The California State Legislature recently passed Assembly Bill 2077 (“AB 2077”). AB 2077, which was signed by Governor Brown, is designed to make it more difficult for charities that have not complied with their registration and reporting obligations to operate in California.
California law requires charities that raise funds in the State of California to register with, and report to, the California Attorney General’s Registry of Charitable Trusts. The California Department of Justice, however, estimates that there are 52,000 charities within California that have not complied with these requirements. Moreover, it is estimated that there are at least 130,000 additional non-California charities operating in the State that have not complied with these requirements. Many of these charities are scamming donors.
AB 2077 was introduced by Assemblyman Travis Allen (R-Huntington Beach). It amends Government Code Section 12587.1 and permits the Attorney General of the State of California to apply more of the approximately $7 million generated annually from registration fees paid by charities, commercial fundraisers, and fundraising counsel, for the enforcement of the registration and reporting provisions that are imposed on charities (and certain other persons/entities that assist charities).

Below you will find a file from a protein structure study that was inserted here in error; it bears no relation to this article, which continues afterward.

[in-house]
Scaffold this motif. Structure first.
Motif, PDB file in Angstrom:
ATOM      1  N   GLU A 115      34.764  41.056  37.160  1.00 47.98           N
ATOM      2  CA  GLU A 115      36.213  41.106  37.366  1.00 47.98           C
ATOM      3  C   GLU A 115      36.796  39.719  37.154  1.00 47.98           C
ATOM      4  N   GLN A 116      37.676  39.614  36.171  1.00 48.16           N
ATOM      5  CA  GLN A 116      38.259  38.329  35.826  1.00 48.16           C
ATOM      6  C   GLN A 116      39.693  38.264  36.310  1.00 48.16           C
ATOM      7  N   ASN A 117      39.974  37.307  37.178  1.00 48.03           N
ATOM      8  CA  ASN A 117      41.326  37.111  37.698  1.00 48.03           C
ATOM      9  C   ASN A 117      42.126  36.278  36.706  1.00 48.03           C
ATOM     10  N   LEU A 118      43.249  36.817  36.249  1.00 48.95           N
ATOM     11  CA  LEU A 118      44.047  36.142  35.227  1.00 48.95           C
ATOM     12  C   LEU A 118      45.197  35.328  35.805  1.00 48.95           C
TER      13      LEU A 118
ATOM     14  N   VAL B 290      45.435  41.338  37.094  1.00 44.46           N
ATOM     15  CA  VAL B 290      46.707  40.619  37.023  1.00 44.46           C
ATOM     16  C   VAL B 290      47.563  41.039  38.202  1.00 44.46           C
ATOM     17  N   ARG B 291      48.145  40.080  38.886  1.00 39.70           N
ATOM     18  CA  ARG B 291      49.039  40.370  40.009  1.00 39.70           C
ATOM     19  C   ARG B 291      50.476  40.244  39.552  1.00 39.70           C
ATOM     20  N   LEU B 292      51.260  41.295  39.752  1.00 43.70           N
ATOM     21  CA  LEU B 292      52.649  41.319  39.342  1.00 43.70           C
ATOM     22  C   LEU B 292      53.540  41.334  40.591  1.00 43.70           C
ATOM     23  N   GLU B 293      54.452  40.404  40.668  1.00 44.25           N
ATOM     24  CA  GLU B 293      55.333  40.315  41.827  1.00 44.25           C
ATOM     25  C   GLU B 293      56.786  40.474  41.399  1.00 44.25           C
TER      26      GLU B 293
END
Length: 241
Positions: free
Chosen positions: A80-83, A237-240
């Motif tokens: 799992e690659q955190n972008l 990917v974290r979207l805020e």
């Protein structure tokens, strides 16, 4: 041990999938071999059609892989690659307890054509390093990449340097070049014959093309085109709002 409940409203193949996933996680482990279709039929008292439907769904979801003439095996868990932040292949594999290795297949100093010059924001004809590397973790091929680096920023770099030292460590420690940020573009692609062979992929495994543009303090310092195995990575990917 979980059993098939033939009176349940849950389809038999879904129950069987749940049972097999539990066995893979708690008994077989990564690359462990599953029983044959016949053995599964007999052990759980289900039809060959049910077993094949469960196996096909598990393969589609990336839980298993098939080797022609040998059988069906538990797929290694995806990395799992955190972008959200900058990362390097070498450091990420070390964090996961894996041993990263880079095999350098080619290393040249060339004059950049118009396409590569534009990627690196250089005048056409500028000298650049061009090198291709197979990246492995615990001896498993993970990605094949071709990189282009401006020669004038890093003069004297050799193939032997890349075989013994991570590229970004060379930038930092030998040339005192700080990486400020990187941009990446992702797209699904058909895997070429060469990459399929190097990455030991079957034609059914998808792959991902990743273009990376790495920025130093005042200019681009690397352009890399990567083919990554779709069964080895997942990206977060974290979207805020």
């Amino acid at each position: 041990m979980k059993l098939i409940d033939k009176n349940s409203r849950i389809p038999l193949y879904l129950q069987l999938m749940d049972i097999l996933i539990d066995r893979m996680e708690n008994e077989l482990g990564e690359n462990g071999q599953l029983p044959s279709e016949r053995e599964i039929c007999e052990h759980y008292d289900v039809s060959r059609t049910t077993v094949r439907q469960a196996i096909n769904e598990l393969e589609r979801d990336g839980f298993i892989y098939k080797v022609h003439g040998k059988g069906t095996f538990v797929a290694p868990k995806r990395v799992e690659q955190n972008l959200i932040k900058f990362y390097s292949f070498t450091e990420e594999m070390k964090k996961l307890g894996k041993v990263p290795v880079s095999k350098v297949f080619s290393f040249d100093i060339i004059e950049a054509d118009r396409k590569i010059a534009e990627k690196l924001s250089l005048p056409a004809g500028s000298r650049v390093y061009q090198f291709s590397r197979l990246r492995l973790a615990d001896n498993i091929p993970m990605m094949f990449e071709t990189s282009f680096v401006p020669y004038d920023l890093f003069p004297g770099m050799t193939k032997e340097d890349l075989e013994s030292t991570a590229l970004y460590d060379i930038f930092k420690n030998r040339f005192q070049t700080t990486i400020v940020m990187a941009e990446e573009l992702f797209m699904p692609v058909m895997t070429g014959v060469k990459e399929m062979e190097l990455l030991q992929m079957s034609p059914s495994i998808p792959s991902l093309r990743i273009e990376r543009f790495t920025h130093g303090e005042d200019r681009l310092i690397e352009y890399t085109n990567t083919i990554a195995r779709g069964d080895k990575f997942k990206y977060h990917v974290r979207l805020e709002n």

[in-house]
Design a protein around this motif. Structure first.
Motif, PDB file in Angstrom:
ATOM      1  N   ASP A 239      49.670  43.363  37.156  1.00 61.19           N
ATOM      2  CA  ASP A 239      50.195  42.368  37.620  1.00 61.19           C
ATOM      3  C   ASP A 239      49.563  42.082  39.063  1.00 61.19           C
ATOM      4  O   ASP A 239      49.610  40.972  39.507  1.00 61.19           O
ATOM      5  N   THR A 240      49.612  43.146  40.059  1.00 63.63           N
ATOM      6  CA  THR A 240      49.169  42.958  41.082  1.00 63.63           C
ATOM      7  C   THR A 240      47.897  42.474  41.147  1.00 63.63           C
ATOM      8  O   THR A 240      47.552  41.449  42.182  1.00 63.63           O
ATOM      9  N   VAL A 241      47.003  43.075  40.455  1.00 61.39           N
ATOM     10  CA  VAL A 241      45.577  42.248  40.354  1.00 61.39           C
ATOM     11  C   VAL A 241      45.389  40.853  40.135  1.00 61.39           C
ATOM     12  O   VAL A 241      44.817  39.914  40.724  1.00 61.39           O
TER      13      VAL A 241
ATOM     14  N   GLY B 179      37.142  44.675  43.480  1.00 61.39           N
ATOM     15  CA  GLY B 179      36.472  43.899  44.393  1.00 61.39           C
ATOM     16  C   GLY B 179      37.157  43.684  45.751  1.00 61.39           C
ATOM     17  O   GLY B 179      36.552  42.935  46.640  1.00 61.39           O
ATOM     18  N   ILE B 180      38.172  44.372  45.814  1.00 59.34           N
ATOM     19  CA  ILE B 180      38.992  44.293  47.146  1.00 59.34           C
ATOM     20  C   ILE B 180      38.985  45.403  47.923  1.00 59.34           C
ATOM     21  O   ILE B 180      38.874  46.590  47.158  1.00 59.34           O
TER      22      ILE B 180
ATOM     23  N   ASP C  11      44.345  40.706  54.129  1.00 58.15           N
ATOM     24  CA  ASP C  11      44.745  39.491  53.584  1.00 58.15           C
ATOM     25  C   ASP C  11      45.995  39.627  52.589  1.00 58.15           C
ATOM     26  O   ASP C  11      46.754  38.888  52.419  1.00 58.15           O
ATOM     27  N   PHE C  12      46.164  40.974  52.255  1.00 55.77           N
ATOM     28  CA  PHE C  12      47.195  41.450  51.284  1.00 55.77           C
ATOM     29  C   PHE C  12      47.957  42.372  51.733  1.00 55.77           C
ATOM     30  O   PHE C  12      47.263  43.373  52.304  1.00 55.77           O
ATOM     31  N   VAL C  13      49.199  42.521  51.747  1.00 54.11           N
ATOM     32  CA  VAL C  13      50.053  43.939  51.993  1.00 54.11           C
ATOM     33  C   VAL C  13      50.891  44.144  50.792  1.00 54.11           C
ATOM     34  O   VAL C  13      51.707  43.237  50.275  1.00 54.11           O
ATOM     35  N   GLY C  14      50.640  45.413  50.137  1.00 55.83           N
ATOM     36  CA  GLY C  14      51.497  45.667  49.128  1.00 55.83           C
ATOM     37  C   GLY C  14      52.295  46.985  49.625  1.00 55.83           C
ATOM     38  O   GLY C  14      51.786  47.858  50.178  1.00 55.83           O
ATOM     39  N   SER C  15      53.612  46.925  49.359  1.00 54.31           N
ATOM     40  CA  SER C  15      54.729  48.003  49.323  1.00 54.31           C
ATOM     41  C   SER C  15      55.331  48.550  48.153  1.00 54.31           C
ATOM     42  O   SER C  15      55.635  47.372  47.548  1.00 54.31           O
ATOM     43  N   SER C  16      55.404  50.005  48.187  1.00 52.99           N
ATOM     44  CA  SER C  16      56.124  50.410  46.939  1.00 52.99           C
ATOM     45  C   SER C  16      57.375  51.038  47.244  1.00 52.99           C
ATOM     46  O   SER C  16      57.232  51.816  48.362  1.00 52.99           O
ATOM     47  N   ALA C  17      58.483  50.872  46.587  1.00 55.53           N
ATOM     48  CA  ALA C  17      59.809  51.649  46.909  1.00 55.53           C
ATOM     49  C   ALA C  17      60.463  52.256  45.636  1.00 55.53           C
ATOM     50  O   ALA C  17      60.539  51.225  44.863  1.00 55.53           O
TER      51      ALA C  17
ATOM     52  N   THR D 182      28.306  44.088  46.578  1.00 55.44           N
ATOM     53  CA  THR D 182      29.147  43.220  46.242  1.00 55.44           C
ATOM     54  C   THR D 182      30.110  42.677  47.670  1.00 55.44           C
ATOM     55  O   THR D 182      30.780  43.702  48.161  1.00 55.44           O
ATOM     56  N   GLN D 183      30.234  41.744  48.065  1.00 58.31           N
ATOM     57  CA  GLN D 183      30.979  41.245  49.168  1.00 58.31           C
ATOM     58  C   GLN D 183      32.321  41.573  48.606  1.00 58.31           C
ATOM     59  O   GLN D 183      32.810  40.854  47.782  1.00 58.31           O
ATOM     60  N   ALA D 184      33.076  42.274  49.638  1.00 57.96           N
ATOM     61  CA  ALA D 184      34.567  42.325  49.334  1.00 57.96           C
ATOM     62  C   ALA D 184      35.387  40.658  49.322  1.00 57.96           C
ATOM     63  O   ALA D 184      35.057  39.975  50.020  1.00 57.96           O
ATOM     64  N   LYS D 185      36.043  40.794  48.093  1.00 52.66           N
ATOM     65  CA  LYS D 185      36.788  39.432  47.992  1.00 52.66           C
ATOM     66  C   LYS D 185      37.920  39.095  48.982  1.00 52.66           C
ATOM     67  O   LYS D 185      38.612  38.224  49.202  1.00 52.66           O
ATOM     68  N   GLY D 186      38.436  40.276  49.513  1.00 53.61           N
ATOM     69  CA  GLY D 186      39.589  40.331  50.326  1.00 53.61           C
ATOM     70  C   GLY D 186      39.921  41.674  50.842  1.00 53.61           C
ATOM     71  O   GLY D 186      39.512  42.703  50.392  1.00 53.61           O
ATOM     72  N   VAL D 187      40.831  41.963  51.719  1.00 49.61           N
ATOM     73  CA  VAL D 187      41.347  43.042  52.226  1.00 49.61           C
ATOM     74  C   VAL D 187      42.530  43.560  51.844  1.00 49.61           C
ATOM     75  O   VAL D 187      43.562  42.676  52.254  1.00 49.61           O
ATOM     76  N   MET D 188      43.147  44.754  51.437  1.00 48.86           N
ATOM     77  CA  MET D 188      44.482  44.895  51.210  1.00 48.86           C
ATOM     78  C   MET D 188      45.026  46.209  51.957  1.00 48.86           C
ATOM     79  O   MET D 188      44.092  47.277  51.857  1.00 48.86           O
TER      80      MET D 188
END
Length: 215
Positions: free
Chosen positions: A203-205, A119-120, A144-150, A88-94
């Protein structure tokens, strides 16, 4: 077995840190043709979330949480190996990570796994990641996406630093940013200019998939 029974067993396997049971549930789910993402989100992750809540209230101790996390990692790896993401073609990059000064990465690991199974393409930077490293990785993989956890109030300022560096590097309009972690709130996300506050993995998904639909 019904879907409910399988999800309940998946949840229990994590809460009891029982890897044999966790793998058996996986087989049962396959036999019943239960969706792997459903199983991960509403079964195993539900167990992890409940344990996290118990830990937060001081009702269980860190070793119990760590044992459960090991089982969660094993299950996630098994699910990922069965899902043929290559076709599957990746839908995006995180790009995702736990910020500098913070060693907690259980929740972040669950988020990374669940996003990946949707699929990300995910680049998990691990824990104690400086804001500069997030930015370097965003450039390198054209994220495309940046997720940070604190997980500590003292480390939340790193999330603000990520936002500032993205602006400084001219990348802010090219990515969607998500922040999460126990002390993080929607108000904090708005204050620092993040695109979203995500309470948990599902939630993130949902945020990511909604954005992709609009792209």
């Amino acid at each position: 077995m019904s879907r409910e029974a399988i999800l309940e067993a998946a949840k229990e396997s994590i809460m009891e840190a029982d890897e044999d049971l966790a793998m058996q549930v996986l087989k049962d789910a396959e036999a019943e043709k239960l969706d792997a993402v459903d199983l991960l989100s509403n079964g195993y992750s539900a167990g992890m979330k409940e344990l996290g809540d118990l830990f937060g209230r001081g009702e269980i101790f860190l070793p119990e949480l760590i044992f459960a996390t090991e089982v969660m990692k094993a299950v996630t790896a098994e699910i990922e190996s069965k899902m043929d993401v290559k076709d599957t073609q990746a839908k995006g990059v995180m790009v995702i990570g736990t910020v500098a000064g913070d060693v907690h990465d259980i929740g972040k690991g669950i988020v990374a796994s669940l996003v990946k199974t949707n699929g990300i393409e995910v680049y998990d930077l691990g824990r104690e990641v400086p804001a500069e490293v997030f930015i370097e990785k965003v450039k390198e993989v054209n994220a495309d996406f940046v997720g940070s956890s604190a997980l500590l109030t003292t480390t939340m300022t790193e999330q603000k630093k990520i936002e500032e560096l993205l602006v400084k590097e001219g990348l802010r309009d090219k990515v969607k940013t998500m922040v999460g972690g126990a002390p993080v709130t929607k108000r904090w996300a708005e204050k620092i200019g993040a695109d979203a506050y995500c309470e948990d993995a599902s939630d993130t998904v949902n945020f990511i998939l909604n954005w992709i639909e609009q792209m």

In drafting the legislation, Assemblyman Allen said that more resources were required to root out “scam charities.” He cited a study publicized last year that had been conducted by The Center for Investigative Reporting and a Florida newspaper. The study exposed unscrupulous charities that managed to collect millions from donors purportedly to assist sick and missing children, cancer patients, and veterans but spent only a very small percentage of the funds collected in furtherance of their charitable programs. According to Allen, there are a significant number of dishonest charities that rely on telemarketers to solicit contributions from unsuspecting Californians. If a contribution is secured, the telemarketers will often forward only a small amount of the contribution to the charity (sometimes as little as 3%) and retain the remaining amount as a fee.
The additional funds that will be appropriated as a result of AB 2077 will be used to support increased staffing to: (i) conduct administrative appeals and court actions related to delinquencies; (ii) assist unregistered charities in complying with the registration and reporting requirements; (iii) review initial applications and financial reports; and (iv) provide public education and protection activities.